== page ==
So much of our waste is not immediately observable — out of sight, out of mind — thus misperceived as no threat. And so much of it is from gratuitous purposes, e.g. plastic from individually wrapped toilet paper rolls. (Why? So the consumer can enjoy opening each roll for its after-dinner freshness?!)

    And then there’s the astonishing short-sighted entitled selfishness. I observed this not long ago when a TV news reporter randomly asked a young urbanite wearing sunglasses what he thought of government restrictions on disposable plastic straws. “It’s like we’re living in a nanny state, always telling me what I can’t do,” he recklessly retorted.

    Liked by 1 person

  6. Microplastics are so ubiquitous, its frightening to find out they’re snowing in every body. And getting people to voluntarily surrender the trappings of convenience runs into that defiant wall of “personal” (poisoned) rights. But we keep hanging poems like this on the sheets of the wind — ever reminding us that “the world’s not ours to throw away” — and each easy access becomes more fraught. Good job Kim and a great response to the challenge. (Have you seen the images of beaches in Southeast Asia? They are buried, flooded, vanished in plastic waste.) – Brendan

    Liked by 1 person

    1. Thank you, Brendan. What I don’t understand is that we managed for so long without plastic, repaired and re-used, and now people seem to be addicted to throw-away economy. It doesn’t make sense, particularly in the light of pollution and climate change. Most of the pollution comes from so-called ‘civilised’ nations and ends up on the beaches of countries that barely use plastics themselves. How did we get to this?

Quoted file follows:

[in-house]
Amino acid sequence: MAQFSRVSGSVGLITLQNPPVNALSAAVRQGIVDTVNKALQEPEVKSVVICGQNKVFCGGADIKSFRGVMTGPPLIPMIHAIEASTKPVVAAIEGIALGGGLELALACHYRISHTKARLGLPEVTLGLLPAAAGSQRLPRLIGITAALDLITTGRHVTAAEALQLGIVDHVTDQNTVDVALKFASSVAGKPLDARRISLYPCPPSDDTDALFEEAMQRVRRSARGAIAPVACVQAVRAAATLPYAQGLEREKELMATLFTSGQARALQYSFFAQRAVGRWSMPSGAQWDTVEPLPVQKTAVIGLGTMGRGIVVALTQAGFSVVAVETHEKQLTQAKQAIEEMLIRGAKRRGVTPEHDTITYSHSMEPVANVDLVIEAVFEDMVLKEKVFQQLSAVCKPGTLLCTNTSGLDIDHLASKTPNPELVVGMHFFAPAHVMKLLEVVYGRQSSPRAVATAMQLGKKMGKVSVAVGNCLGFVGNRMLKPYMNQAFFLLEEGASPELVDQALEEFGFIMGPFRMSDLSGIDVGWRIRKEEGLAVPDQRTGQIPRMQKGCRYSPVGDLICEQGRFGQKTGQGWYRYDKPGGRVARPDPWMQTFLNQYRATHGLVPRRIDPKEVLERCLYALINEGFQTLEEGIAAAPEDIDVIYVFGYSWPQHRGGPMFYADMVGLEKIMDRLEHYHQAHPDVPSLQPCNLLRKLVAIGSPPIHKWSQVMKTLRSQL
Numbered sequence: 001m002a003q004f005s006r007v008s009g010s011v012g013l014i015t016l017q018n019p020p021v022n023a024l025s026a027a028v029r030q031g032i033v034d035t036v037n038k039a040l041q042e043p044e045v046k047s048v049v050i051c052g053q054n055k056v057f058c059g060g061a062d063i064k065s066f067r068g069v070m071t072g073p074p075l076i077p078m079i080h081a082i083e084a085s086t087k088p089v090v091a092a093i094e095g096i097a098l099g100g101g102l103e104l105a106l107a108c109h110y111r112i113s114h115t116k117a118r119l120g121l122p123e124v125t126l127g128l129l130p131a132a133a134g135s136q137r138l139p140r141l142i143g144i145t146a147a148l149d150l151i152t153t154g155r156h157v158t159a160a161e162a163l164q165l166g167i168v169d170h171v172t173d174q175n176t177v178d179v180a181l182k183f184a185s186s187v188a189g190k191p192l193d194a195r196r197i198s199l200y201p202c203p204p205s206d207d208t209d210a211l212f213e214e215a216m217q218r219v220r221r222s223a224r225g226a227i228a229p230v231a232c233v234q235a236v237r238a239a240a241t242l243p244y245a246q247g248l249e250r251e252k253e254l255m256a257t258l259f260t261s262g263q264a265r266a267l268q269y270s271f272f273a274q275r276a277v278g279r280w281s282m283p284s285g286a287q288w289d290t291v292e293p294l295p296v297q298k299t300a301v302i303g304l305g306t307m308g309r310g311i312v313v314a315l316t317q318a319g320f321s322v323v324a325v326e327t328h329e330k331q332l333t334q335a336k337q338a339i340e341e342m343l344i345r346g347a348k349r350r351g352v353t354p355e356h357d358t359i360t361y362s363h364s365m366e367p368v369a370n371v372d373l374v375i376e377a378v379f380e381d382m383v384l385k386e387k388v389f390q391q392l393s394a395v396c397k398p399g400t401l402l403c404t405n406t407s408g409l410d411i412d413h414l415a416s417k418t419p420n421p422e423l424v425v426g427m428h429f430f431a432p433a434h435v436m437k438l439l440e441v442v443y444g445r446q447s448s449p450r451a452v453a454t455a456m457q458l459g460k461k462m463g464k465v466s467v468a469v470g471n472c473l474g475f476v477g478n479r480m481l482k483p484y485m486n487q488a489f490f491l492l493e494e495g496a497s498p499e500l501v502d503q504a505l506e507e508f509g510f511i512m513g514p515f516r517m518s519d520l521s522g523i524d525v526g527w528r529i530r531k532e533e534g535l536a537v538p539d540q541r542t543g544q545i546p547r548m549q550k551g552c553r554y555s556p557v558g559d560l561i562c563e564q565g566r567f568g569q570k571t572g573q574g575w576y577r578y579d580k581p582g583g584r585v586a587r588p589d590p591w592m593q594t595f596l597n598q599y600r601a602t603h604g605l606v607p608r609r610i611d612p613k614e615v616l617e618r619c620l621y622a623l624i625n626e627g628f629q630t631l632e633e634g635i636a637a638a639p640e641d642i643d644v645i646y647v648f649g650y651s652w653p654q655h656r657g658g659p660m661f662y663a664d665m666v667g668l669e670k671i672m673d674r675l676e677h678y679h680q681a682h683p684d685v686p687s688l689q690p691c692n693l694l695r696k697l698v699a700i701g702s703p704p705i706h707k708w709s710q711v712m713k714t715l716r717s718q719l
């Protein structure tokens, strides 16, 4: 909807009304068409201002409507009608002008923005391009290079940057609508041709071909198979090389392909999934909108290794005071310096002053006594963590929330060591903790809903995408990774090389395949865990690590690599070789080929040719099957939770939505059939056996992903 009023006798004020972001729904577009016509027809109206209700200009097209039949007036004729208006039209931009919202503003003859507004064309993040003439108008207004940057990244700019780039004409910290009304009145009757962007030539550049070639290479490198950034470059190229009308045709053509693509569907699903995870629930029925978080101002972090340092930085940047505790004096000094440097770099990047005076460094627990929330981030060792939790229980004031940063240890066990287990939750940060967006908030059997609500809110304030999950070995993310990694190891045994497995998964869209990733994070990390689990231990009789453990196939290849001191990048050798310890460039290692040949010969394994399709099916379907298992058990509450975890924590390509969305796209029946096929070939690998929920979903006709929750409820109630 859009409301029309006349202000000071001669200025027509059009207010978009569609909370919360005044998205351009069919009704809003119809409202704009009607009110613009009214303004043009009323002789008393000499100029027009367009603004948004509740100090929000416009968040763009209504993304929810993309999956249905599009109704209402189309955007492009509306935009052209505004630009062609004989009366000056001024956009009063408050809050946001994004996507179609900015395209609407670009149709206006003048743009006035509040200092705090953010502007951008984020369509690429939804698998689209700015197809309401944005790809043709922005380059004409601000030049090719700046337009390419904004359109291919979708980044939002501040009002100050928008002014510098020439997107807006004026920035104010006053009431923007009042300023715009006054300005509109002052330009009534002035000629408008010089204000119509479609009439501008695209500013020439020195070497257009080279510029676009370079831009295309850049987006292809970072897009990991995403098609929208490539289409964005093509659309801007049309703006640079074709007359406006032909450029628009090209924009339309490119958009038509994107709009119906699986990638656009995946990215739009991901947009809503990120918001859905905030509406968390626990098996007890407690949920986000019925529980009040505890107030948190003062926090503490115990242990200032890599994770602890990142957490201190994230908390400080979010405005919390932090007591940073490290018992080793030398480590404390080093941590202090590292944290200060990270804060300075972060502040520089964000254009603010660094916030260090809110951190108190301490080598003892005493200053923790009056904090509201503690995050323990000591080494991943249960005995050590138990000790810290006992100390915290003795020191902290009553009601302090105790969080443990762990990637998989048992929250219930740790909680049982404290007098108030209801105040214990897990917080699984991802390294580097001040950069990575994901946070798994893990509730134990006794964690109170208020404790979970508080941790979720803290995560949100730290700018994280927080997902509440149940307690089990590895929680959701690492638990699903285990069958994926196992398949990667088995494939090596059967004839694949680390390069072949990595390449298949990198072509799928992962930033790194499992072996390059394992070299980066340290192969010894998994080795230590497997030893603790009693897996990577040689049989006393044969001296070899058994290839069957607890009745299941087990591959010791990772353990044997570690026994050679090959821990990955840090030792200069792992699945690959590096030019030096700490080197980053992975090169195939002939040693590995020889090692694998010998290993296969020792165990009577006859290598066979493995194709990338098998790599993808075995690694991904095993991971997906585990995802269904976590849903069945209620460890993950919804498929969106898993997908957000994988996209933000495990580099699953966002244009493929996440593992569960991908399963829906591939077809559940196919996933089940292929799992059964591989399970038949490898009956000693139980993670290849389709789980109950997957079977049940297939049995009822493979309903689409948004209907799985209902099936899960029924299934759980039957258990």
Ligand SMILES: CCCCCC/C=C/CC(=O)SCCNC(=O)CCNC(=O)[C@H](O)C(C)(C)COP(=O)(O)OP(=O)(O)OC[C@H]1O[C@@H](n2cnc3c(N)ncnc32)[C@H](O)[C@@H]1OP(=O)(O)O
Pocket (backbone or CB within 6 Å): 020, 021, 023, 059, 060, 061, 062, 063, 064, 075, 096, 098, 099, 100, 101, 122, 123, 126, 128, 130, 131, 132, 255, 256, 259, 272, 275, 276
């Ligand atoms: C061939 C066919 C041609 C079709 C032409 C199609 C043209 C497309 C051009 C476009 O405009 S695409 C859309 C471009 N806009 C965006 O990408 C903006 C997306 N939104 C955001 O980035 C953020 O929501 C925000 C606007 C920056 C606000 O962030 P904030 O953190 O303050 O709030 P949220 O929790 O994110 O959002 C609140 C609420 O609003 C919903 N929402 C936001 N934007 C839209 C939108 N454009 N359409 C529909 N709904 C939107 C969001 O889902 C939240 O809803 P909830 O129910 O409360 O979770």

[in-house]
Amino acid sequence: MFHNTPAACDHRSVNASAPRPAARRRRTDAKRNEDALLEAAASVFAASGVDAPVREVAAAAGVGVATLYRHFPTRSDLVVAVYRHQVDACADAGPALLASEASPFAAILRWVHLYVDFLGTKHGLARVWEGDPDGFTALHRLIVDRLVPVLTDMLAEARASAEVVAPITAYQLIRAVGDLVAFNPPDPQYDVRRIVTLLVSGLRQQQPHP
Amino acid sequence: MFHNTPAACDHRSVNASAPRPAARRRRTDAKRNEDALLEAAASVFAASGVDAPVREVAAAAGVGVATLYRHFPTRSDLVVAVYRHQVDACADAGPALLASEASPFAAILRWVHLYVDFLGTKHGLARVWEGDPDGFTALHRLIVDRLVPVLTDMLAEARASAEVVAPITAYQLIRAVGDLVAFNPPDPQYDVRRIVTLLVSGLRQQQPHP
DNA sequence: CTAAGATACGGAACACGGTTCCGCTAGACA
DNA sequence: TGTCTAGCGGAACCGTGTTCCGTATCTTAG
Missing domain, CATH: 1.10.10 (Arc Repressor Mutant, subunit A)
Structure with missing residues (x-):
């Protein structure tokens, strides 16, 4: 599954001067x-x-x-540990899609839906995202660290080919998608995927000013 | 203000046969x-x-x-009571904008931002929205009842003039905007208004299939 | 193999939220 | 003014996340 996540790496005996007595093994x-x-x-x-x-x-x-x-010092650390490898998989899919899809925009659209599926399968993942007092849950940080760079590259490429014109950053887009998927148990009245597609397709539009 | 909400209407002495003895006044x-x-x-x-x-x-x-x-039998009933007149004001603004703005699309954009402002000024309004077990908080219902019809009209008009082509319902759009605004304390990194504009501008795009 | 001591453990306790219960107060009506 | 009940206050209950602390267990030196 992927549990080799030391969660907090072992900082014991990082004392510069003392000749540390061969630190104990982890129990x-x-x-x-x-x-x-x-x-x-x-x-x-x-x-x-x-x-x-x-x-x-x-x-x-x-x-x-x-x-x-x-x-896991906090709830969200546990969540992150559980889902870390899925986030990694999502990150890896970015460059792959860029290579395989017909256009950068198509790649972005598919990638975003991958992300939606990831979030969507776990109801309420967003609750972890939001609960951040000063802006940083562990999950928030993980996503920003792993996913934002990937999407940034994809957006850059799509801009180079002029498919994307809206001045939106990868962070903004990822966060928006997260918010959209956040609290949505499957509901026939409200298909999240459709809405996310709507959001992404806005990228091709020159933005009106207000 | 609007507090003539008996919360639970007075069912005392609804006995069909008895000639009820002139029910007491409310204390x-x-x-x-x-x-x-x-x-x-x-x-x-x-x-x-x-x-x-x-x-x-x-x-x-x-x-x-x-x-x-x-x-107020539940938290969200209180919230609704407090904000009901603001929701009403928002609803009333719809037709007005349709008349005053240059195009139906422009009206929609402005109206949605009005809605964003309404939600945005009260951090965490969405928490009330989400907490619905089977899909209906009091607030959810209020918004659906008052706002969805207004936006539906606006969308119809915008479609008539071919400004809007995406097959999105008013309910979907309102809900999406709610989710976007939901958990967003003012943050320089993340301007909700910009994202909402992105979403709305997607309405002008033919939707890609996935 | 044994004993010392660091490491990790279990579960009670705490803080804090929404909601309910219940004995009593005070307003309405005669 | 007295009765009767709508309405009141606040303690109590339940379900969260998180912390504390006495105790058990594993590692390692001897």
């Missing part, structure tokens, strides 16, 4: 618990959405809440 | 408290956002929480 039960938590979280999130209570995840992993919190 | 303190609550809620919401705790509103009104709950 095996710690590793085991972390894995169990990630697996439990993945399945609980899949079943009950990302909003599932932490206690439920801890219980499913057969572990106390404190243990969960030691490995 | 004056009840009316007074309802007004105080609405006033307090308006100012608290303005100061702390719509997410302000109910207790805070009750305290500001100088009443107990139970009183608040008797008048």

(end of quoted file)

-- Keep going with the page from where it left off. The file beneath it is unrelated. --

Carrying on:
Liked by 1 person

      1. They made it too easy. Convenience is the bane of sustainable Earth, and we have been served up supermarket aisles larded with packaging for fast consumption. Sure, you can repair and re-use, but why bother when the disposable is cheaper and easier? Why is the human population so obese? Addiction to convenience is like fossil fuel addiction, we’re so riddled with it that to change is to die. Thanks for disturbing the waters!

        Liked by 1 person

  7. We have a real problem with plastic and we need to find a solution. I bought people re-usable straws for the holidays. In many places in the northeast you can no longer get them as they keep getting in the ocean and are such a waste. With covid it is easier to drink with a straw under your mask. They make them in a metal or a plastic that is re-usable and comes with a brush. So no more one time use and throw them in the never ending garbage. You can even put them in your dishwasher.

    Liked by 1 person

  8. Well written! You’ve said it all in the last line. Sad truth. I wish there was more honesty in the world so people could make better choices. We buy plastics for there convenience and think we are doing our part by throwing them into the recycling bin. But really a lot of those plastics are not actually being recycled. Instead they are shipped elsewhere and burned.

    Liked by 1 person